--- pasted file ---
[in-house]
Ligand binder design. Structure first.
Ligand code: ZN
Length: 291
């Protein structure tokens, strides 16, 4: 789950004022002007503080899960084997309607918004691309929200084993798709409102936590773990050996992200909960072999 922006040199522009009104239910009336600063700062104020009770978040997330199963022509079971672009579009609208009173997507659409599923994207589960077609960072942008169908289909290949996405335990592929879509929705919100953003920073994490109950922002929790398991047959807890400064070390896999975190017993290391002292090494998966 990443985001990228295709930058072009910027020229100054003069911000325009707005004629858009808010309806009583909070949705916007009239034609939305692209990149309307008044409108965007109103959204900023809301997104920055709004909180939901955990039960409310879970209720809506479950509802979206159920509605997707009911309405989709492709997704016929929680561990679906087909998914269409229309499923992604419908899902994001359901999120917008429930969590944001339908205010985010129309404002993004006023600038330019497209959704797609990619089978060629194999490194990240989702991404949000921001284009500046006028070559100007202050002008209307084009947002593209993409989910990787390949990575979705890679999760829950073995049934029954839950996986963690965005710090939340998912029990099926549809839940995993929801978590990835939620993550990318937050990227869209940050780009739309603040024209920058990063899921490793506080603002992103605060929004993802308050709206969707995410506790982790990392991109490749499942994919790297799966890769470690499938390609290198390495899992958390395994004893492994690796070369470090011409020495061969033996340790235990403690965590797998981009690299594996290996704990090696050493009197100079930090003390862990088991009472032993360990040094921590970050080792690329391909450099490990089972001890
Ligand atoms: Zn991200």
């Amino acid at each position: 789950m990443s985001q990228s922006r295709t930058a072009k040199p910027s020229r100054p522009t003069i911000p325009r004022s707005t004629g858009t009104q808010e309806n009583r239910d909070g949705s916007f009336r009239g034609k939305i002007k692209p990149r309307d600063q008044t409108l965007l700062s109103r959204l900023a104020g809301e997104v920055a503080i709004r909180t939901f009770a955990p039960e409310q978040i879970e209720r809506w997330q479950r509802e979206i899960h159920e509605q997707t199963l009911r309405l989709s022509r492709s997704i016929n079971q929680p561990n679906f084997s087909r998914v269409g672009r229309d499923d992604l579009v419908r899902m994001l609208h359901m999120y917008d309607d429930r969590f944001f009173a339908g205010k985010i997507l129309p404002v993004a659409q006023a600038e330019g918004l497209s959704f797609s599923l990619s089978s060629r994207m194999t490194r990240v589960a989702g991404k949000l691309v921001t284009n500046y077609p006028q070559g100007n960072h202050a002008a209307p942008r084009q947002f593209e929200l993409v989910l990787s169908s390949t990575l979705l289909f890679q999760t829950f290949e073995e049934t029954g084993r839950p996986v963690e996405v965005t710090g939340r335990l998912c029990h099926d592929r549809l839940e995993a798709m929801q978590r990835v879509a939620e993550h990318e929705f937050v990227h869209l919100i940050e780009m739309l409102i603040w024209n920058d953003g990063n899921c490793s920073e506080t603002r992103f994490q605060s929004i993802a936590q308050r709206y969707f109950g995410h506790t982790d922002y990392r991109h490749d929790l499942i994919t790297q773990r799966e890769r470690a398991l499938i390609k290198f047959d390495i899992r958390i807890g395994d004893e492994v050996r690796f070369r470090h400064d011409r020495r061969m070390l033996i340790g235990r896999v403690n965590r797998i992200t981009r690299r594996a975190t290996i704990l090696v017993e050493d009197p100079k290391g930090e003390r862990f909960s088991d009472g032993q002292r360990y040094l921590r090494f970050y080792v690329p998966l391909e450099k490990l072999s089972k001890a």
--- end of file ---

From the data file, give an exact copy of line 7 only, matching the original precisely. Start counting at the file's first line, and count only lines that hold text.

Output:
């Amino acid at each position: 789950m990443s985001q990228s922006r295709t930058a072009k040199p910027s020229r100054p522009t003069i911000p325009r004022s707005t004629g858009t009104q808010e309806n009583r239910d909070g949705s916007f009336r009239g034609k939305i002007k692209p990149r309307d600063q008044t409108l965007l700062s109103r959204l900023a104020g809301e997104v920055a503080i709004r909180t939901f009770a955990p039960e409310q978040i879970e209720r809506w997330q479950r509802e979206i899960h159920e509605q997707t199963l009911r309405l989709s022509r492709s997704i016929n079971q929680p561990n679906f084997s087909r998914v269409g672009r229309d499923d992604l579009v419908r899902m994001l609208h359901m999120y917008d309607d429930r969590f944001f009173a339908g205010k985010i997507l129309p404002v993004a659409q006023a600038e330019g918004l497209s959704f797609s599923l990619s089978s060629r994207m194999t490194r990240v589960a989702g991404k949000l691309v921001t284009n500046y077609p006028q070559g100007n960072h202050a002008a209307p942008r084009q947002f593209e929200l993409v989910l990787s169908s390949t990575l979705l289909f890679q999760t829950f290949e073995e049934t029954g084993r839950p996986v963690e996405v965005t710090g939340r335990l998912c029990h099926d592929r549809l839940e995993a798709m929801q978590r990835v879509a939620e993550h990318e929705f937050v990227h869209l919100i940050e780009m739309l409102i603040w024209n920058d953003g990063n899921c490793s920073e506080t603002r992103f994490q605060s929004i993802a936590q308050r709206y969707f109950g995410h506790t982790d922002y990392r991109h490749d929790l499942i994919t790297q773990r799966e890769r470690a398991l499938i390609k290198f047959d390495i899992r958390i807890g395994d004893e492994v050996r690796f070369r470090h400064d011409r020495r061969m070390l033996i340790g235990r896999v403690n965590r797998i992200t981009r690299r594996a975190t290996i704990l090696v017993e050493d009197p100079k290391g930090e003390r862990f909960s088991d009472g032993q002292r360990y040094l921590r090494f970050y080792v690329p998966l391909e450099k490990l072999s089972k001890a």